The Medical Minute: Enjoy the holidays without packing on the pounds

By Jacklyn Van Arsdale

At this time of year, it is common to get caught up in the excitement and energy of social gatherings with friends and families where food and drink often serve as a centerpiece. It also is the season when baking sweet treats is more popular than usual. With all the festivities both at home and elsewhere, healthy eating and exercise are often put on the backburner. However, you do not want to regret too many tempting choices as you kick off the new year before too long.

Here are a dozen tips that could help you make better decisions as you navigate the holiday celebrations this year:

1. Holidays are special occasions. One special meal does not cause weight gain. The challenge comes when special occasions (holiday parties, dinners, and family gatherings) become frequent occurrences. Choose the events and the particular foods that are worth the splurge. Then adjust your exercise schedule and eating routine on the days surrounding the special occasion.

2. Don't deprive yourself. Labeling foods as “good” and “bad” can end up backfiring. Depriving ourselves of “bad” foods often causes us to crave the food more than ever. When we finally give in, we may feel so guilty that we decide we might as well eat the whole box. Instead, allow yourself a small portion of what you are truly craving.

3. Do not skip lunch before dinner. Skipping meals leads to ravenous hunger and over-eating until we are more stuffed than the turkey himself. Instead, eat your typical breakfast and lunch, and include protein and fiber to help you stay full until supper time.

4. Pay attention to the reasons behind why you are eating. Is your tummy grumbling? Is it because your Uncle Earl just made an uncomfortable comment? If you realize that you are heading towards the chips and dip as a result of stress or boredom, give yourself some options and consider another activity to alleviate the stress.

5. Start an active tradition. Bundle up and go for a walk, organize a holiday football game, or have a family Wii Fit tournament.

6. Make half your plate vegetables. This weight-loss tip can save hundreds of calories. Use the other half of your plate for small portions of your holiday favorites.

7. Watch the beverages. Alcoholic drinks, punch, sodas, and eggnog can rob our calorie “bank account” without contributing to a sense of fullness. If alcohol is part of your tradition, look for dry wine, Bloody Mary-type cocktails, or other lower-calorie options.

8. Drink plenty of water. It is easy to confuse thirst with hunger. Try this: 30 minutes before a meal, drink a large glass of water. (Note: for bariatric surgery patients- Do NOT eat and drink at the same time. Wait an hour or two after eating before having a beverage. Otherwise, the food will liquefy and drain through your new stomach, preventing you from feeling full.)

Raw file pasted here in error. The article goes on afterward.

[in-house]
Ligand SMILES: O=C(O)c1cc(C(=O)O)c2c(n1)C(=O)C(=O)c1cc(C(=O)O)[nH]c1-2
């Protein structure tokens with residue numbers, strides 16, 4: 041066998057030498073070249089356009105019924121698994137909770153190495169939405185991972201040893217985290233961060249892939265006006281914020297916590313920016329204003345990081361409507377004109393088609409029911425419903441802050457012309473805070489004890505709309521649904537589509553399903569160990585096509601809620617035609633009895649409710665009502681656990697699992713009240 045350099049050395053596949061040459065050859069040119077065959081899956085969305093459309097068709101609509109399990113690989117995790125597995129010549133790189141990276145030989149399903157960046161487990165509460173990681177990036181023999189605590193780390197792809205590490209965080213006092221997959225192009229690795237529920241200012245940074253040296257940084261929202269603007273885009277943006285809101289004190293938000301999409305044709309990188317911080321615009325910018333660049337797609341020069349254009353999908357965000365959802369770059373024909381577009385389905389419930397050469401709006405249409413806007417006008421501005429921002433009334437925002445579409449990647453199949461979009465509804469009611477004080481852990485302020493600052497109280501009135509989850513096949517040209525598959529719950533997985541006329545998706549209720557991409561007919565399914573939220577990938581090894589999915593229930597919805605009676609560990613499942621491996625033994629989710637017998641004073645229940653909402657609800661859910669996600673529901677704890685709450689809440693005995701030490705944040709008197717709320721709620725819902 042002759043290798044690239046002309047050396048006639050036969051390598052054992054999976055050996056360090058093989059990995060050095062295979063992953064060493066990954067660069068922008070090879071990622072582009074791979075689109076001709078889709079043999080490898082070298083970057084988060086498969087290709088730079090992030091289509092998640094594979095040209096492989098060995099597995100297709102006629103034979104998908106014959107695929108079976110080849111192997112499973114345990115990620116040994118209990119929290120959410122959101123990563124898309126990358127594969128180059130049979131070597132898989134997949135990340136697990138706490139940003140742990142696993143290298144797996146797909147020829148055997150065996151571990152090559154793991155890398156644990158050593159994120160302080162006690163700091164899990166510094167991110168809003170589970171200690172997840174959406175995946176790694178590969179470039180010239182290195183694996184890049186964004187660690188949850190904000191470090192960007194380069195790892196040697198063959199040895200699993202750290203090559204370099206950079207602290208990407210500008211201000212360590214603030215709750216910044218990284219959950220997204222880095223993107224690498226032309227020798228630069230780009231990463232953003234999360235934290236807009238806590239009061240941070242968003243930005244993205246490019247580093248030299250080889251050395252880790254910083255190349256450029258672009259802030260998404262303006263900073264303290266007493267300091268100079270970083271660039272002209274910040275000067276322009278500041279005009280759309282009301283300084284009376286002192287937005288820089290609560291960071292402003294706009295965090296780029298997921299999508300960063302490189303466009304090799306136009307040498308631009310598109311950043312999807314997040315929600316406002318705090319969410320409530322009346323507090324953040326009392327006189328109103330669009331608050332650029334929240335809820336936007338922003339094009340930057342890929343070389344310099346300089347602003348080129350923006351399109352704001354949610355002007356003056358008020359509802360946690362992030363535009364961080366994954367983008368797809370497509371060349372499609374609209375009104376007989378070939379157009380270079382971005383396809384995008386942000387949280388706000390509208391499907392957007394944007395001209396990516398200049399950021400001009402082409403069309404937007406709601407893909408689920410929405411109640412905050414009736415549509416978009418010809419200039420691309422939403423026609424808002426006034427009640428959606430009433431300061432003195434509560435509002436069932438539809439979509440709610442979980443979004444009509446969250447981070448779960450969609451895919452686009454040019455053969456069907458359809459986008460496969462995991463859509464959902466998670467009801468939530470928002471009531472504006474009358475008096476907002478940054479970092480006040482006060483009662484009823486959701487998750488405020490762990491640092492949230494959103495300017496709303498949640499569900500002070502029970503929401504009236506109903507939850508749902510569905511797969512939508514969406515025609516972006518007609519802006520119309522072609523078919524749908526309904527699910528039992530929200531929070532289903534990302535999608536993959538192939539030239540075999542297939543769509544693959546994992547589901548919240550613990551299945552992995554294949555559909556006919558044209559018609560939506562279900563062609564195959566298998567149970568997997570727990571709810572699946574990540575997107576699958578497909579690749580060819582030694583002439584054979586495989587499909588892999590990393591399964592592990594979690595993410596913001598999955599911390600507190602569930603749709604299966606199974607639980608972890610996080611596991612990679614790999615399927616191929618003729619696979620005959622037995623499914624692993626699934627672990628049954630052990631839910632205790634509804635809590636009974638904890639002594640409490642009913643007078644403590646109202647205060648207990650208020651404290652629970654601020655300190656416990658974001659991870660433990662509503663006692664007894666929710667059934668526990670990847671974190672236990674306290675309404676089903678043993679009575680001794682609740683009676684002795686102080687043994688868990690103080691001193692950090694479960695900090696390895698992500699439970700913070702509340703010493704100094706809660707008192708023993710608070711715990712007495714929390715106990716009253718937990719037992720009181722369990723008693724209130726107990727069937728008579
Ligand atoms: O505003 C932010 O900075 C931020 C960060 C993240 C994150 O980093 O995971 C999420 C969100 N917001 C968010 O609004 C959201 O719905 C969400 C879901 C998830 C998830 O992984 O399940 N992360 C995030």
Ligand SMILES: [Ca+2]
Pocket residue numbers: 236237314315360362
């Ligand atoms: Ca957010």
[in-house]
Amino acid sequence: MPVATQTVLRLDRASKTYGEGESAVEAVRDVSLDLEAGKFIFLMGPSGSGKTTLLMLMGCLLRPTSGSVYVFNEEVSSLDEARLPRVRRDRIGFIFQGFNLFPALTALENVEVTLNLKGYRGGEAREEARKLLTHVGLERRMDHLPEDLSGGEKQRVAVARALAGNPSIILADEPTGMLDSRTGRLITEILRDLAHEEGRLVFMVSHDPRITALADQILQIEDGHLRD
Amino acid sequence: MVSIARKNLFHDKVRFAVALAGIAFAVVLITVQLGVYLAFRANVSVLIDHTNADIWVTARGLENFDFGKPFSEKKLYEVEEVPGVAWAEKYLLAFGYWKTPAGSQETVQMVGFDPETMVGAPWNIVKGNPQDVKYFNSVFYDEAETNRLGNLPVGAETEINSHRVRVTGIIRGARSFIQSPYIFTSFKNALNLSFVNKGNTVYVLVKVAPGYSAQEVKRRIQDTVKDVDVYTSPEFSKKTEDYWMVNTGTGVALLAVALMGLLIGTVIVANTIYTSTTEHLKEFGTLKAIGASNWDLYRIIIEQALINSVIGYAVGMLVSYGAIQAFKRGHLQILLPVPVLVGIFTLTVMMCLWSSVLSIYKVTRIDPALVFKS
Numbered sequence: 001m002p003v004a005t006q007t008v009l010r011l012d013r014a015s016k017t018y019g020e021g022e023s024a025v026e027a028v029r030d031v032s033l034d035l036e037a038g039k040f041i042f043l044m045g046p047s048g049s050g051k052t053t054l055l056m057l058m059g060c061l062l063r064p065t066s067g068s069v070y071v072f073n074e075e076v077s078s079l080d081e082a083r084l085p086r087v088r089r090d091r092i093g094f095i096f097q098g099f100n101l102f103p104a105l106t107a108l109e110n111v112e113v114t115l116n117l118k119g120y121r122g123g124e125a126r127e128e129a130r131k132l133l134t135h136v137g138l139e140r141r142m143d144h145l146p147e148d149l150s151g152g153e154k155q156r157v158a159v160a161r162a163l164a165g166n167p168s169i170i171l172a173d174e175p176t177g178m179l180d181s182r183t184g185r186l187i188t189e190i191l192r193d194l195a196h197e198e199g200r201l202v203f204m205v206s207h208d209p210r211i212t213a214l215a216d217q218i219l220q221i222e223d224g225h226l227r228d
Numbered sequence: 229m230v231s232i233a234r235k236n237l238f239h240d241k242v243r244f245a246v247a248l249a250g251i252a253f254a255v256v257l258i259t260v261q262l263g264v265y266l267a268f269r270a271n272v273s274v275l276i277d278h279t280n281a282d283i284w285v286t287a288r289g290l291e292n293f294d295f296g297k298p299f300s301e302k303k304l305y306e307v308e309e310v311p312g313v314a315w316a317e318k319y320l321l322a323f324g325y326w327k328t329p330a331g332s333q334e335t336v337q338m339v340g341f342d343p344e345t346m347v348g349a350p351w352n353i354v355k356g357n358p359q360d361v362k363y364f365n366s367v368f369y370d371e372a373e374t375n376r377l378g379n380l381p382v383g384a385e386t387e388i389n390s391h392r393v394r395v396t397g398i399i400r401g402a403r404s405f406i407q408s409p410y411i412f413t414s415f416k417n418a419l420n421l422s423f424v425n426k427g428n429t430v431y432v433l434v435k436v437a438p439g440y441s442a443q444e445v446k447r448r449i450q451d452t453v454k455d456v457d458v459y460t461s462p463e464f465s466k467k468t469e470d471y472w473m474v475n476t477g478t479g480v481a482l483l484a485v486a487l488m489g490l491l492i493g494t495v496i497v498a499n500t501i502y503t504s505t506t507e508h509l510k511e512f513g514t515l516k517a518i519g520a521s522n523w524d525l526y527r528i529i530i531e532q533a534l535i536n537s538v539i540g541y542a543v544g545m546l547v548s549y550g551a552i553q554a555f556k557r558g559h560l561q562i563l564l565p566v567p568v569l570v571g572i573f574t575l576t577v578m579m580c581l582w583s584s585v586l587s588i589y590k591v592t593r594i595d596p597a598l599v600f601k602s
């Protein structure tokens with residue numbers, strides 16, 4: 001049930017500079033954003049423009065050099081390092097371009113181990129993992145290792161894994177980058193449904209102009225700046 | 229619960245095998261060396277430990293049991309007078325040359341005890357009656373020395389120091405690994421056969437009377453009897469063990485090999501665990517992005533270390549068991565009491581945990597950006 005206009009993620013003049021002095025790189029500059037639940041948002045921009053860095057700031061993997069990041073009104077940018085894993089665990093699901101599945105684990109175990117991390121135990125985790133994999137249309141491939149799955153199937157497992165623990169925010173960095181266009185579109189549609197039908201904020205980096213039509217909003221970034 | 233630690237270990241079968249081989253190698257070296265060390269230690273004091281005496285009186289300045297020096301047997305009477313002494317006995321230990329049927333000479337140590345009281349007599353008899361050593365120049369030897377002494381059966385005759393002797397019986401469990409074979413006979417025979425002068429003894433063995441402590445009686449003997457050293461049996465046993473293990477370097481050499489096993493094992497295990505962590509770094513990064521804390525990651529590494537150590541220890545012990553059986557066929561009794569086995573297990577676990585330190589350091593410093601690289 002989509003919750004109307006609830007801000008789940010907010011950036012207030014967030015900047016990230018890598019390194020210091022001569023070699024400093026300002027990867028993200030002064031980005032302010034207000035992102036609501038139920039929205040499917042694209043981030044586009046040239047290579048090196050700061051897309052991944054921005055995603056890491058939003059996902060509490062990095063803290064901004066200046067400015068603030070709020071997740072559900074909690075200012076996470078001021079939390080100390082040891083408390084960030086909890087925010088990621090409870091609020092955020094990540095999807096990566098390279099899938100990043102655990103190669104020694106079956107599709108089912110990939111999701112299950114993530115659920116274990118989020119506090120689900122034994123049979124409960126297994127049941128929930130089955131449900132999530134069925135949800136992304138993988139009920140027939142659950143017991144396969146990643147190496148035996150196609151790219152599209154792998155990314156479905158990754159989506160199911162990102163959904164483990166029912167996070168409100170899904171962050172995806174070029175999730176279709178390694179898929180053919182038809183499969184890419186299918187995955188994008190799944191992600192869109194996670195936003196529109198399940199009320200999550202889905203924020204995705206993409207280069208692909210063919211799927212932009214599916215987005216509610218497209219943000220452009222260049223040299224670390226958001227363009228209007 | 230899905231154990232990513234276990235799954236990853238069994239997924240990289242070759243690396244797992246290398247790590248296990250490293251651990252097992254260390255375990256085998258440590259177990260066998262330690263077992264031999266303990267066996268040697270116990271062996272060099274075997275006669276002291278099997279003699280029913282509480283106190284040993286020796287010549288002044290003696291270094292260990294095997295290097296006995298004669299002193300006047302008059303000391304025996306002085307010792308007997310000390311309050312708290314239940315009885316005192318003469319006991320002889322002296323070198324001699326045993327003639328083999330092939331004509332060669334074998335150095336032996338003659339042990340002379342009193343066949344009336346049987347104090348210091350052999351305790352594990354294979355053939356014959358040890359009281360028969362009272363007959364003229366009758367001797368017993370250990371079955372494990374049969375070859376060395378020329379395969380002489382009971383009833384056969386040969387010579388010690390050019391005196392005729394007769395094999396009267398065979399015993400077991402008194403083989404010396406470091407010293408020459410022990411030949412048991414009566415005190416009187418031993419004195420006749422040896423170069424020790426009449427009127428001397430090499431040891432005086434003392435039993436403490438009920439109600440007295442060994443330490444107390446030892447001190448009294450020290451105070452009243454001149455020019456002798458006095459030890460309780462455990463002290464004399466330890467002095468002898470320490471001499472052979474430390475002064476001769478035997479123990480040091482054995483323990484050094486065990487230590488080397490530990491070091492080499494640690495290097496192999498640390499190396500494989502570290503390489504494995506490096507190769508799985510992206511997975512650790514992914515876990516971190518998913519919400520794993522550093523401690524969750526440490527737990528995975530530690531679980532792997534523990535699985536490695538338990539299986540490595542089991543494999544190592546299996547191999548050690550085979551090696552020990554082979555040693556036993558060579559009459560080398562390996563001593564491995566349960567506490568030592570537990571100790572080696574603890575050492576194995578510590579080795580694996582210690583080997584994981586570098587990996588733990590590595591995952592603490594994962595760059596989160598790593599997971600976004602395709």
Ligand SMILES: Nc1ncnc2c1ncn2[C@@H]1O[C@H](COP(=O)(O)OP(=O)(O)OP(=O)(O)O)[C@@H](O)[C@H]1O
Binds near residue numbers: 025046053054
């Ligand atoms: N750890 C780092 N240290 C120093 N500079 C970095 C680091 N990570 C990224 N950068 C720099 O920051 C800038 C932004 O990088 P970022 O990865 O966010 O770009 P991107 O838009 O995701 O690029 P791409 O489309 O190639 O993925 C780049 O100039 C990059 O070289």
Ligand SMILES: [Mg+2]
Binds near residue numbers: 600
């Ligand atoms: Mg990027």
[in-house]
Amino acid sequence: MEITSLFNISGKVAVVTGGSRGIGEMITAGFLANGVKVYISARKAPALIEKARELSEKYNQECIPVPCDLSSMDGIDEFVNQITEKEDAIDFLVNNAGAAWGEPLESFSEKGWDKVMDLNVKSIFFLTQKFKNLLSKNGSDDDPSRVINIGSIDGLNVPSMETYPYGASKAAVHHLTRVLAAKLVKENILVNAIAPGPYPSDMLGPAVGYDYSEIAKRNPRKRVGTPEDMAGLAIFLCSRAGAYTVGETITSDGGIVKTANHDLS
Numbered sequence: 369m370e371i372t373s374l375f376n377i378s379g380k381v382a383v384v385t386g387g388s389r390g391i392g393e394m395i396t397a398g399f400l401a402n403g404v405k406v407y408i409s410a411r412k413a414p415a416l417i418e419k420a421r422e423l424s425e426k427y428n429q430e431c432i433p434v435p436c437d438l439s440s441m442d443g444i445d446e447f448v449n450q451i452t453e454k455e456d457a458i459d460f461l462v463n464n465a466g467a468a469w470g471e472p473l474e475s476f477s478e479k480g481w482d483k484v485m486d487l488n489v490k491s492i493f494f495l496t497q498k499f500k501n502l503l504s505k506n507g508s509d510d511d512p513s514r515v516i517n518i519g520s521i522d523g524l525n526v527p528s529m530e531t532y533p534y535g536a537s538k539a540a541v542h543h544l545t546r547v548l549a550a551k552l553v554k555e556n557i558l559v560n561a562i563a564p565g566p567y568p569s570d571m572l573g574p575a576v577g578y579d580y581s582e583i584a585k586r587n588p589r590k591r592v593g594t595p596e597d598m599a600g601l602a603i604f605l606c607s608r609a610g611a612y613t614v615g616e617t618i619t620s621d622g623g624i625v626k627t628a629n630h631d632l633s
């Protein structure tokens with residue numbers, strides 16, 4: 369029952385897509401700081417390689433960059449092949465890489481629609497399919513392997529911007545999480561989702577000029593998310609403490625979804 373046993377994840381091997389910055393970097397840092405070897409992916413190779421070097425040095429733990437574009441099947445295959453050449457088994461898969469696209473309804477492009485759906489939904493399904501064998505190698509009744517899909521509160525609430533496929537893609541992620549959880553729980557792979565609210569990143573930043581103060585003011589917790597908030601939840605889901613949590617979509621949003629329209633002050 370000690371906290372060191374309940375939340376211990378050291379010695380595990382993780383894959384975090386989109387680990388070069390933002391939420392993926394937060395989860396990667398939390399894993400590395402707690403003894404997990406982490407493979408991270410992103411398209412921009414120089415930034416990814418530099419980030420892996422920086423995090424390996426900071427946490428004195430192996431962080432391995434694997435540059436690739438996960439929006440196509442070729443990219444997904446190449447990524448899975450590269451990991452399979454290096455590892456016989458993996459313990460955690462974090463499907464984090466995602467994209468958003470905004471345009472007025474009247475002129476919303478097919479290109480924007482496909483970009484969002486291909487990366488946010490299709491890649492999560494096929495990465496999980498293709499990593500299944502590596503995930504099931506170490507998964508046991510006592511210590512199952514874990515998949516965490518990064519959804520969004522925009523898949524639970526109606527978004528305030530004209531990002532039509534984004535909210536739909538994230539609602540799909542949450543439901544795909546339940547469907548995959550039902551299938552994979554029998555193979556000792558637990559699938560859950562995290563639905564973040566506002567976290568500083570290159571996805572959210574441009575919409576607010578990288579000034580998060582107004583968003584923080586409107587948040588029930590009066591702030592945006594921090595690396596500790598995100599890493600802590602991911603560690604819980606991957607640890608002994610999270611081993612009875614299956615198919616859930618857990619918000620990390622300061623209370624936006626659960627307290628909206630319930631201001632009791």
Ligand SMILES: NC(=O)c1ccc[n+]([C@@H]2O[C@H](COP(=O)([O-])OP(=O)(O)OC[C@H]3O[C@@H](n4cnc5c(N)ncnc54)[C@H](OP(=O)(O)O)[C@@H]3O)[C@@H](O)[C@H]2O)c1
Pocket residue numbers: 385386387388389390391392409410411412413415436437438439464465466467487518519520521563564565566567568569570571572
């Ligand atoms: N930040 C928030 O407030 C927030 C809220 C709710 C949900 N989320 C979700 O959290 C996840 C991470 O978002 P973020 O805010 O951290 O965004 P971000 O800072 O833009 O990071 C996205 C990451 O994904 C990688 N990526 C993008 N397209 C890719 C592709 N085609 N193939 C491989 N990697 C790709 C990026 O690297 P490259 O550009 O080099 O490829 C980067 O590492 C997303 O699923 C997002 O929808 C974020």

9. Going to a potluck? Bring the healthy fare. Make sure there will be at least one healthy dish you enjoy. Need an idea? Try a festive salad with mixed greens, cucumbers, tomatoes, dried cranberries, crumbled feta cheese and light balsamic vinaigrette.

10. Lean protein first, then the veggies. If there is any room left, enjoy a starch. Lean protein will help you stay full for a longer period of time. Veggies bring powerful vitamins, minerals, anti-oxidants, and even flavor. Carbohydrates are not bad and they do not need to be avoided. However, most of us will get plenty of carbs without the extra serving of mashed potatoes.

11. Prepare your vehicle. Busy shopping days can tempt us to stop for a less-than-healthy snack. Instead of being side-tracked by greasy burgers, steaming mochas, or a quick candy bar, stock your car with an "emergency food stash." Stock up on apples, string cheese, baby carrots, home-made trail mix with nuts, cereal, and raisins, or protein bars (Look for ones with fewer than 150 calories and 12 to 15 grams of protein). And don't forget the water bottles!

12. Try a salad plate for your supper. Eating from a smaller plate or bowl has been shown to significantly reduce the portions and calories we consume. Research also shows that diners who ate from smaller plates felt no less satisfied than those who consumed more calories.

May your holidays be enjoyable, delicious and guilt-free!

Jacklyn Van Arsdale is a clinical nutritionist with the Penn State Hershey Surgical Weight Loss program.

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Last Updated December 01, 2011